Review: ‘Bluebeard’

Bluebeard is high camp. Richard Burton portrays title role in a modernized version of the legendary character who had a way with women - doing them in - and in dignified tread saunters through a whole phantasmagoria of murders and a veritable shower of bare bosoms to a finale which shows why he was that way, poor guy.

Bluebeard is high camp. Richard Burton portrays title role in a modernized version of the legendary character who had a way with women – doing them in – and in dignified tread saunters through a whole phantasmagoria of murders and a veritable shower of bare bosoms to a finale which shows why he was that way, poor guy.

Joey Heatherton is the principal protagonist, who discovers all his victims in a huge refrigerator-room and who, as a result of her discovery, is to be his next victim. To her, he relates in flashback form the fate of his other wives.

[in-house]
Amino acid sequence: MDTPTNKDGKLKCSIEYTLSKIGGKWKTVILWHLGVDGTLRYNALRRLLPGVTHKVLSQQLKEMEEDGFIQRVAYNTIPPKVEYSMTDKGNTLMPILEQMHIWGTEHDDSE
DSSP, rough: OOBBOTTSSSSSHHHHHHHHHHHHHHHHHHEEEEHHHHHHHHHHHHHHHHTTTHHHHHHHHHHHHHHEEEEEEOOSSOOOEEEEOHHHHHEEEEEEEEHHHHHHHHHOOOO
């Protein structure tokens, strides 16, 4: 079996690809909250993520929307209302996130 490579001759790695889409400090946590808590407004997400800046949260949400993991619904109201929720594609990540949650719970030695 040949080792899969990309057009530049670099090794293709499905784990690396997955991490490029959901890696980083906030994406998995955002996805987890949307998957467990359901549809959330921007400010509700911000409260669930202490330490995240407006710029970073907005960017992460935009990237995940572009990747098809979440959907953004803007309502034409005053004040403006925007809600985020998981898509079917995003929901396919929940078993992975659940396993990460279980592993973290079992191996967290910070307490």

One of the most entertaining sequences focuses on Nathalie Delon, who after getting nowhere with Burton in bed prevails upon a prostitute (Sybil Danning) to instruct her in the art of seduction. Lesson ends with her learning the total ways of lesbianism and Burton drops a pointed chandelier on them.

Bluebeard

Production

Vulcano. Director Edward Dmytryk; Producer Alexander Salkind; Screenplay Ennio De Concini, Edward Dmytryk, Maria Pia Fusco; Camera Gabor Pogany; Editor Jean Ravel; Music Ennio Morricone; Art Director Tomas Vayer

Crew

(Color) Available on VHS. Extract of a review from 1972. Running time: 123 MIN.

With

Richard Burton Raquel Welch Joey Heatherton Virna Lisi Nathalie Delon Sybil Danning
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